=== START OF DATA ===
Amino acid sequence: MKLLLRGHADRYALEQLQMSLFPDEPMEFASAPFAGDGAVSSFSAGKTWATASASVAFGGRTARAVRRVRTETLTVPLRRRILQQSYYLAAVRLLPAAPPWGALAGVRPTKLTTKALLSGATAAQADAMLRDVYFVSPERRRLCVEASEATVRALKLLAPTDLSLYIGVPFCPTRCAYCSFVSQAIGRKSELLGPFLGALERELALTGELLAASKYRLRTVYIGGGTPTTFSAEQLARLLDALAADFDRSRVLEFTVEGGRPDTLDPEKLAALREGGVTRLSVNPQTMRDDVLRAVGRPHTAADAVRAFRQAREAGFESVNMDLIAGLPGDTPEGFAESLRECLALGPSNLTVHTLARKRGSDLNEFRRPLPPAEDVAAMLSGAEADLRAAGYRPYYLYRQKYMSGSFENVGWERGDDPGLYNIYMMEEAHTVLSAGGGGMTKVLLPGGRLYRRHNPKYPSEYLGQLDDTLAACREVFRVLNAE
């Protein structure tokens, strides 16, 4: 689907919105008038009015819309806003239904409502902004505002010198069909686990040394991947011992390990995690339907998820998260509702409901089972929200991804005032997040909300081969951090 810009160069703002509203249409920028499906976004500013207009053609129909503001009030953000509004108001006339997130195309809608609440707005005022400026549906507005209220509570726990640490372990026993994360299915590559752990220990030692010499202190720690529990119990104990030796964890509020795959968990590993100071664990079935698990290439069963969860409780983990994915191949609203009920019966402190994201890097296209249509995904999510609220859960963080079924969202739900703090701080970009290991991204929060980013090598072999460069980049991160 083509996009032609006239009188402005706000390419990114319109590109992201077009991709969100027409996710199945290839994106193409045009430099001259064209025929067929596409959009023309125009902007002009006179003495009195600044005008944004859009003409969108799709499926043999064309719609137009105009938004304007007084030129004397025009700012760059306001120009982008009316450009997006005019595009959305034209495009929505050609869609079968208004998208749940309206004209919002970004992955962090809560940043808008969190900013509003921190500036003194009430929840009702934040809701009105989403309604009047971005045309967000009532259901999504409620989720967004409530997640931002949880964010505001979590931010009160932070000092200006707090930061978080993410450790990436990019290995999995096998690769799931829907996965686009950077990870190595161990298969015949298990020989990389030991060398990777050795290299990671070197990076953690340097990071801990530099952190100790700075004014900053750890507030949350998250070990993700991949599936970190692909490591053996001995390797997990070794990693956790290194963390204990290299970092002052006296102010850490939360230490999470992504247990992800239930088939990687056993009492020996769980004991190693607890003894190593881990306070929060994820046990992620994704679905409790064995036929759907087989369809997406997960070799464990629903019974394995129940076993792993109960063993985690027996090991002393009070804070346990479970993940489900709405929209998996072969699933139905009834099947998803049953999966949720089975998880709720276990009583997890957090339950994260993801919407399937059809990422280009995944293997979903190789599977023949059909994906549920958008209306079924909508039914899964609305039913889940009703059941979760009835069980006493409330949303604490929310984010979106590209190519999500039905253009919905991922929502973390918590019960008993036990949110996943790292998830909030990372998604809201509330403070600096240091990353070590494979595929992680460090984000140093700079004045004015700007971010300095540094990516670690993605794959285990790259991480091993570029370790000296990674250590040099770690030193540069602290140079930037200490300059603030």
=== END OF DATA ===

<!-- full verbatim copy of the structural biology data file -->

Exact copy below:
Amino acid sequence: MKLLLRGHADRYALEQLQMSLFPDEPMEFASAPFAGDGAVSSFSAGKTWATASASVAFGGRTARAVRRVRTETLTVPLRRRILQQSYYLAAVRLLPAAPPWGALAGVRPTKLTTKALLSGATAAQADAMLRDVYFVSPERRRLCVEASEATVRALKLLAPTDLSLYIGVPFCPTRCAYCSFVSQAIGRKSELLGPFLGALERELALTGELLAASKYRLRTVYIGGGTPTTFSAEQLARLLDALAADFDRSRVLEFTVEGGRPDTLDPEKLAALREGGVTRLSVNPQTMRDDVLRAVGRPHTAADAVRAFRQAREAGFESVNMDLIAGLPGDTPEGFAESLRECLALGPSNLTVHTLARKRGSDLNEFRRPLPPAEDVAAMLSGAEADLRAAGYRPYYLYRQKYMSGSFENVGWERGDDPGLYNIYMMEEAHTVLSAGGGGMTKVLLPGGRLYRRHNPKYPSEYLGQLDDTLAACREVFRVLNAE
């Protein structure tokens, strides 16, 4: 689907919105008038009015819309806003239904409502902004505002010198069909686990040394991947011992390990995690339907998820998260509702409901089972929200991804005032997040909300081969951090 810009160069703002509203249409920028499906976004500013207009053609129909503001009030953000509004108001006339997130195309809608609440707005005022400026549906507005209220509570726990640490372990026993994360299915590559752990220990030692010499202190720690529990119990104990030796964890509020795959968990590993100071664990079935698990290439069963969860409780983990994915191949609203009920019966402190994201890097296209249509995904999510609220859960963080079924969202739900703090701080970009290991991204929060980013090598072999460069980049991160 083509996009032609006239009188402005706000390419990114319109590109992201077009991709969100027409996710199945290839994106193409045009430099001259064209025929067929596409959009023309125009902007002009006179003495009195600044005008944004859009003409969108799709499926043999064309719609137009105009938004304007007084030129004397025009700012760059306001120009982008009316450009997006005019595009959305034209495009929505050609869609079968208004998208749940309206004209919002970004992955962090809560940043808008969190900013509003921190500036003194009430929840009702934040809701009105989403309604009047971005045309967000009532259901999504409620989720967004409530997640931002949880964010505001979590931010009160932070000092200006707090930061978080993410450790990436990019290995999995096998690769799931829907996965686009950077990870190595161990298969015949298990020989990389030991060398990777050795290299990671070197990076953690340097990071801990530099952190100790700075004014900053750890507030949350998250070990993700991949599936970190692909490591053996001995390797997990070794990693956790290194963390204990290299970092002052006296102010850490939360230490999470992504247990992800239930088939990687056993009492020996769980004991190693607890003894190593881990306070929060994820046990992620994704679905409790064995036929759907087989369809997406997960070799464990629903019974394995129940076993792993109960063993985690027996090991002393009070804070346990479970993940489900709405929209998996072969699933139905009834099947998803049953999966949720089975998880709720276990009583997890957090339950994260993801919407399937059809990422280009995944293997979903190789599977023949059909994906549920958008209306079924909508039914899964609305039913889940009703059941979760009835069980006493409330949303604490929310984010979106590209190519999500039905253009919905991922929502973390918590019960008993036990949110996943790292998830909030990372998604809201509330403070600096240091990353070590494979595929992680460090984000140093700079004045004015700007971010300095540094990516670690993605794959285990790259991480091993570029370790000296990674250590040099770690030193540069602290140079930037200490300059603030």